So to the part of the day when Leeds really comes into its own. The bars here are legendary for their cocktails and rock music that echoes in the streets at night. The lively Jake’s Bar, in Call Lane, serves impeccably made cocktails and southern US comfort-style snacks, but for something more restrained, Epernay, a candlelit champagne bar, hidden away in a quiet courtyard, is a great retreat that serves 90 different types of champagne. There are so many bars to choose from and, much to the city’s credit, you may not be able to decide where you feel more at home. Best then to split your time between Jake’s and Epernay. That’s what we did. Dilemma solved, until next time around.
COFFEE & CAKES
La Bottega Milanese 32 The Calls; 07779 258004. Espresso bar serving fine Italian coffee, snacks and sandwiches.
Opposite Café Victoria Quarter, Queen Victoria Street; 07818 433082. Small stand serving excellent coffee, cakes and biscuits.
Harvey Nichols 4th Floor 107–111 Briggate; 0113 204 8000. Serves food all day and is great for breakfast and tea.
The Engine House Café 2 Foundry Square, Holbeck; 0113 391 2980. Located in a peaceful area just outside the city, breakfasts here are popular.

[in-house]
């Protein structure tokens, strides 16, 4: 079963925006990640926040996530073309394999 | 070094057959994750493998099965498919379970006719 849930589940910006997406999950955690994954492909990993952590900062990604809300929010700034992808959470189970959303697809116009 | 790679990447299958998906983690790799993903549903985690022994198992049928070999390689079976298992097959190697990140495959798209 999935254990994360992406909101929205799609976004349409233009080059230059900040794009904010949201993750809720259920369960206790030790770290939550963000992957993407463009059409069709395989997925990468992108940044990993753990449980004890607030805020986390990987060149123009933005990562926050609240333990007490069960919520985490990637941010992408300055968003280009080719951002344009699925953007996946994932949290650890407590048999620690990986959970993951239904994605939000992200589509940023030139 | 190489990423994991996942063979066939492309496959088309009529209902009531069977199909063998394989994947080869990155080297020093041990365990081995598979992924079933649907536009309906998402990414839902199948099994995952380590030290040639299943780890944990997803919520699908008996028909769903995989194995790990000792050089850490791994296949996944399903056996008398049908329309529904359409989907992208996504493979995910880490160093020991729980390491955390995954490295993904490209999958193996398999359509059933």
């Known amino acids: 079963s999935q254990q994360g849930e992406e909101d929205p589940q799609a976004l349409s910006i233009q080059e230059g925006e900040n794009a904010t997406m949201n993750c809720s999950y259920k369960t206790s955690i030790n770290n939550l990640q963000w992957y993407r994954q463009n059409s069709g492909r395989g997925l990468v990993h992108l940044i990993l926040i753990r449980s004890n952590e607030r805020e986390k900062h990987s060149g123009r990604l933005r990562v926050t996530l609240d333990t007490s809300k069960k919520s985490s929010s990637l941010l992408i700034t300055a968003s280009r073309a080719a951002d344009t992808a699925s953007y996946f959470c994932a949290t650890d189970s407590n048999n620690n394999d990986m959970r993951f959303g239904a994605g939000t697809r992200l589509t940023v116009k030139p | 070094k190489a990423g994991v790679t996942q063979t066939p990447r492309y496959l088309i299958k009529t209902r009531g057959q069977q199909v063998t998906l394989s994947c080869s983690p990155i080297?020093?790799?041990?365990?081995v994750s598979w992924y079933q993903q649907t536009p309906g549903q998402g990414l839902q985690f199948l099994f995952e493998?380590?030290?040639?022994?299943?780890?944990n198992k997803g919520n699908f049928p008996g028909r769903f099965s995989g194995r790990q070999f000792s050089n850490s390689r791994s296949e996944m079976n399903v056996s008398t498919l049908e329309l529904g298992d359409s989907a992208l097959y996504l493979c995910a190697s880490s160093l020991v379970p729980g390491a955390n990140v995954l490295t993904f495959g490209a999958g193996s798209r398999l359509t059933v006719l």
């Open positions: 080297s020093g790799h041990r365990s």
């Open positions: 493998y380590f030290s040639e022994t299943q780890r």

Shaky Jakes 2 Gateway House, 15 North Lane, Headingley; 0113 217 9156. Fifties-style milkshake parlour with 200-plus flavours of shakes.
Nation of Shopkeepers 27–37 Cookridge Street. Eccentric bar-café serving pub classics. Famous for live music.
Anthony’s Patisserie Victoria Quarter, Queen Victoria Street; 0113 244 4222. Elegant café serving coffee and pastries.
Leeds City Museum Tiled Hall Café Millennium Square; 0113 263 7915. Chill out in this beautiful and quiet café.
Anthony’s Restaurant 19 Boar Lane; 0113 245 5922, anthonysrestaurant.co.uk. A special-occasion destination, serving innovative modern cuisine.
Piazza by Anthony Corn Exchange, Call Lane; 0113 247 0995. Open all day, serving simple and serious dishes.
Anthony’s at Flannels 3rd Floor, 68 Vicar Lane; 0113 242 8732. More brunch, lunch, afternoon tea and dinner.
The Foundry 1 Saw Mill Yard, Holbeck; 0116 103 5210. Classic dishes and an impressive wine list.
Red Chilli 6 Great George Street; 0113 242 9688. Chinese restaurant with extensive menu and great dim sum.
Hansa’s 72–74 North Street; 0113 244 4408. Superb Gujarati vegetarian food.
Akbar’s The Grand Minerva House, 16 Greek Street; 0113 242 5426. Much-loved Indian restaurant, recommended by local spice traders.
Aagrah Saint Peter’s Square; 0113 245 5667. Authentic Kashmiri cuisine that’s a hit with the locals.